Making a simple LED display for PC casings
Some PCs come with a display which shows numbers, usually frequency or "HI/LO". They are usually not connected to anything important, only to power supply through a 2-pin 5V connector and to "Turbo" switch to toggle numbers shown. There were displays showing numbers coming from mainboard for some high-end 486 sets, but they are very rare now.
|Recently I got PC case which definitely had such display, but it was
removed. There is a window for display as well as marks of screws which
held it in place, but display with its circuit board is gone.
decided to make a simple version, commonly used in newer cases, which
used not numbers, but "HI" and "LO" markings. You need:
Note that I had only a bigger LED display, so I had to grind it down a bit. It can be done if you don't damage a PCB inside. The display is shown below:
|The LED display may be with common Anode or cathode, it doesn't
matter in this project. We will short both common pins together and feed
power through resistor. The most important thing here is to use a proper
resistor. Usually 150 Ohm is more than enough. If you need brighter
display, use smaller resistance, but don't overcurrent the LEDs as it
will make them fade dark very quickly. When HI is switched to LO, for a
very short moment, only 4 segments are lit up and this should never
cause them to burn out.
If you have a totally unknown display, get its datasheet and figure out where pin 1 is. If it has been unsoldered, it may be handy to test LEDs at this moment to make sure that display works correctly.
In most PC cases, LCD goes into small hole in plastic part and the transparent part is in its front. Make sure that display fits there.
Display circuits used in PC cases have 2 connectors made of
Goldpin-type pins, with 2.54mm raster:
- One, 2-pin is 5V and Ground for power supply
- Second, 3-pin, comes from Turbo switch. Middle pin is toggled to left or right one, depending on switch position. This will switch from HI to LO.
Now how to connect it: Common pins are connected together, then resistor and on its other side GND or +5V, depending on display type, is it common cathode or anode. Other pins have to be connected specific way:. Look at the scanned picture for example in common-anode display.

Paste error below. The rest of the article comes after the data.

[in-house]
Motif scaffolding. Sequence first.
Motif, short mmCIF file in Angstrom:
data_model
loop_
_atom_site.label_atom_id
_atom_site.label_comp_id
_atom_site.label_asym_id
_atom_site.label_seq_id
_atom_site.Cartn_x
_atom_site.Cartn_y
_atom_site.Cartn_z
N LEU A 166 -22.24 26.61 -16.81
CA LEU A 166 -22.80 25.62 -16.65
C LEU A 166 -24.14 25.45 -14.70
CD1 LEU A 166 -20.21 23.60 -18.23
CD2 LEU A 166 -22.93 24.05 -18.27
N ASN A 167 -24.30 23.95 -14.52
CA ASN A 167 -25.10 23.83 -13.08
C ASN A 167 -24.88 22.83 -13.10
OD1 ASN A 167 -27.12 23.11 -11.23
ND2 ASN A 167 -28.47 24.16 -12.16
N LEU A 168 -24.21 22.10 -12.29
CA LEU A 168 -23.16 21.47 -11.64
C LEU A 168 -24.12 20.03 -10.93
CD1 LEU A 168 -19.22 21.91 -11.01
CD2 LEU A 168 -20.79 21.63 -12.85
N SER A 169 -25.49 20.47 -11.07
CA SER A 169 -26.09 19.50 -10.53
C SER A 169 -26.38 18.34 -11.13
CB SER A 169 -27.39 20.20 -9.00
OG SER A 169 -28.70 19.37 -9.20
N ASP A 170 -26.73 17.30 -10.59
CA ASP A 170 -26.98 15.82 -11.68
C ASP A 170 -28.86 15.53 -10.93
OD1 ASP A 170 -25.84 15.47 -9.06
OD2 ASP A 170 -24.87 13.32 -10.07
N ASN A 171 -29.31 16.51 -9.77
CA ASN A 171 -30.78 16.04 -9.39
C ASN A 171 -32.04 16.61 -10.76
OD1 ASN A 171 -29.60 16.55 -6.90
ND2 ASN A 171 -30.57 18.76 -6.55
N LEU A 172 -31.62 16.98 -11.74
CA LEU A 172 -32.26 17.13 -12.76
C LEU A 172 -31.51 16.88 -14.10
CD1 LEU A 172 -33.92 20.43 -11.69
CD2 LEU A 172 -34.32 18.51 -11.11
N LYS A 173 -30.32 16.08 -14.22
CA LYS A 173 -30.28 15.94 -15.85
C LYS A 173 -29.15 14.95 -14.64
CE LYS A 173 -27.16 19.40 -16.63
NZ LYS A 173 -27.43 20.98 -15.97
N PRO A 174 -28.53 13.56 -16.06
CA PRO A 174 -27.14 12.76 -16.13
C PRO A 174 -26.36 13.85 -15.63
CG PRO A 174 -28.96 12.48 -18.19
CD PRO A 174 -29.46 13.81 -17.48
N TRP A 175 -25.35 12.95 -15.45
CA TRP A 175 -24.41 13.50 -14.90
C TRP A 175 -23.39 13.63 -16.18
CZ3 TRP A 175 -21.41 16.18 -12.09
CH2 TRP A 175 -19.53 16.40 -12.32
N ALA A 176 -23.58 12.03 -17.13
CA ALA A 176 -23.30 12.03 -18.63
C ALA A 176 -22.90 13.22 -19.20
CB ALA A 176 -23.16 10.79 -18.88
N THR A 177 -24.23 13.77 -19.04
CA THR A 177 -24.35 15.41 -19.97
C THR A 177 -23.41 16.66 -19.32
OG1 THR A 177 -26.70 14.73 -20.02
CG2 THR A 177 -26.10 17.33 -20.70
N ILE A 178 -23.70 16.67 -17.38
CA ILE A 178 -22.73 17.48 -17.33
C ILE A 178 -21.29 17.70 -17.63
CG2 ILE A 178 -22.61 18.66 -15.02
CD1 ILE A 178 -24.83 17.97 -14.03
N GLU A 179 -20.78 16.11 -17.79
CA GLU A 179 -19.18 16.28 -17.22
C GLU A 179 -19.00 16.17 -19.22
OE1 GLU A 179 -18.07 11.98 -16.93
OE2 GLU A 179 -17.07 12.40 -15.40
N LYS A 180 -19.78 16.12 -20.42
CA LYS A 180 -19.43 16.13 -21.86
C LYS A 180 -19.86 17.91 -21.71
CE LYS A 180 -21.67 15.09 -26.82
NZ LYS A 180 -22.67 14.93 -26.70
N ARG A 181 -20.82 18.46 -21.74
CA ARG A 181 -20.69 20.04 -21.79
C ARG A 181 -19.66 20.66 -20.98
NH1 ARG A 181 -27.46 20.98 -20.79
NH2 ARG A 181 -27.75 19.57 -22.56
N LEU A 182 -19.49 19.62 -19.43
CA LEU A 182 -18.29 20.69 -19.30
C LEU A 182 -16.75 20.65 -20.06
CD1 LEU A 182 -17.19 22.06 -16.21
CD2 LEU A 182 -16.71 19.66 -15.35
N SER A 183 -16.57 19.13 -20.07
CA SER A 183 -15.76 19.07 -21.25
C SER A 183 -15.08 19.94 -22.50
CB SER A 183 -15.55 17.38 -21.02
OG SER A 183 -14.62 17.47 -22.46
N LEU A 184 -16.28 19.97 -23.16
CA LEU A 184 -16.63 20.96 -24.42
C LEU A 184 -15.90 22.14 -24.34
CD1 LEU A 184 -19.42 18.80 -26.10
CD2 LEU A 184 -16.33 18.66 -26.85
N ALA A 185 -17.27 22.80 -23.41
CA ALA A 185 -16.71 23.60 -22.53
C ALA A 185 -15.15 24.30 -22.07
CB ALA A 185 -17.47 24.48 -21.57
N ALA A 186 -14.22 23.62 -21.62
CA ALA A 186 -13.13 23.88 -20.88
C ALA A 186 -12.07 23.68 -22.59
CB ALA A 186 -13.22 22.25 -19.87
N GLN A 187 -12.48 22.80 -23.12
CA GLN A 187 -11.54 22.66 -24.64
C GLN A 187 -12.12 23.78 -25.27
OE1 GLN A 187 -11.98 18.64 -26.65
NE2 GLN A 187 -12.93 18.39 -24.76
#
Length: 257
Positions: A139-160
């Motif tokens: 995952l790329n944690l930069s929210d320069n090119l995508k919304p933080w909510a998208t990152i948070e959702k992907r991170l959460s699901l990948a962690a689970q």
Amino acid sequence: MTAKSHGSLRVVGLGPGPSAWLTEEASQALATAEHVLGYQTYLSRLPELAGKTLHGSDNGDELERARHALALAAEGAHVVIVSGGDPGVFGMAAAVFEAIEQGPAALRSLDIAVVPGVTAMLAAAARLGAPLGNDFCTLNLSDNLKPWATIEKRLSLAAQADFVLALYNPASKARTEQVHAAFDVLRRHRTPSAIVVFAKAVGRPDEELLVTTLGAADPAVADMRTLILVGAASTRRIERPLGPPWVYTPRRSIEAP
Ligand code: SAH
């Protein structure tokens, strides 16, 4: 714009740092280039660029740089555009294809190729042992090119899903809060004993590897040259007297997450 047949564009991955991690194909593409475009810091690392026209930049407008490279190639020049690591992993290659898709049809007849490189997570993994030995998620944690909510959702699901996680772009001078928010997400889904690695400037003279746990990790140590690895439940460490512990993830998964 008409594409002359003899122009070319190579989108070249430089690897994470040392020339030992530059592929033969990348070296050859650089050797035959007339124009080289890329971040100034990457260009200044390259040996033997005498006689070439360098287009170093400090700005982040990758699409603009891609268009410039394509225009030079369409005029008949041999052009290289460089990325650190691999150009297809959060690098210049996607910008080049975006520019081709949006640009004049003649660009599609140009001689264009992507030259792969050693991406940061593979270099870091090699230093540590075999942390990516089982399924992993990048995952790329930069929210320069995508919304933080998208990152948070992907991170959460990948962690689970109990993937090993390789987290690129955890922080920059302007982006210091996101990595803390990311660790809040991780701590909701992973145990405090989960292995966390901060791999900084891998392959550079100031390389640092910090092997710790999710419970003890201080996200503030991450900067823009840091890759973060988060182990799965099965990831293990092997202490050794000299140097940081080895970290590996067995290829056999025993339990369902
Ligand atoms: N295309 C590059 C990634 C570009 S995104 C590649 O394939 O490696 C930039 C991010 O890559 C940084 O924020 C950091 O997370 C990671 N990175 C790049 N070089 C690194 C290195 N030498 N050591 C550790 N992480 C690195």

Pins 14 and 13, being common anodes, are tied together and +5V
power is supplied through resistor.
Pins 1, 18, 5 and 12 are tied together to ground making segments E and F on both digits light all time.
Pins 15, 3 and 17 light segments B, C and G of first digit, making letter H with segments E and F shining continuously. Letter I is lit all time.
Pins 2, 11, 10, 8 and 6 light segment D on first digit to form "L" and segments A,B,C and D on the second forming "O".
Pins 16, 4, 7 and 9 are not connected. Pins 4 and 9 are for decimal points, 16 is for segment A in first digit, 7 is for G in the second. These LEDs don't light both in HI and LO.
So having a schematic, it is only needed to draw how it will look in PCB, and then solder it. Remember not to cross many wires to minimize shorts and, if possible, conduct wires under display. This will make things easier. The first photo shows connection under display. Remember to put connectors on the SOLDER side as component side goes to casing.
Finally, solder resistor and pins, then connect them to the
circuit. At all time make sure that there is enough space for screw which holds
the PCB in plastic part of case. At the last step, test everything and install
in case. Sorry for quality of pictures, I used my cell phone to take photos.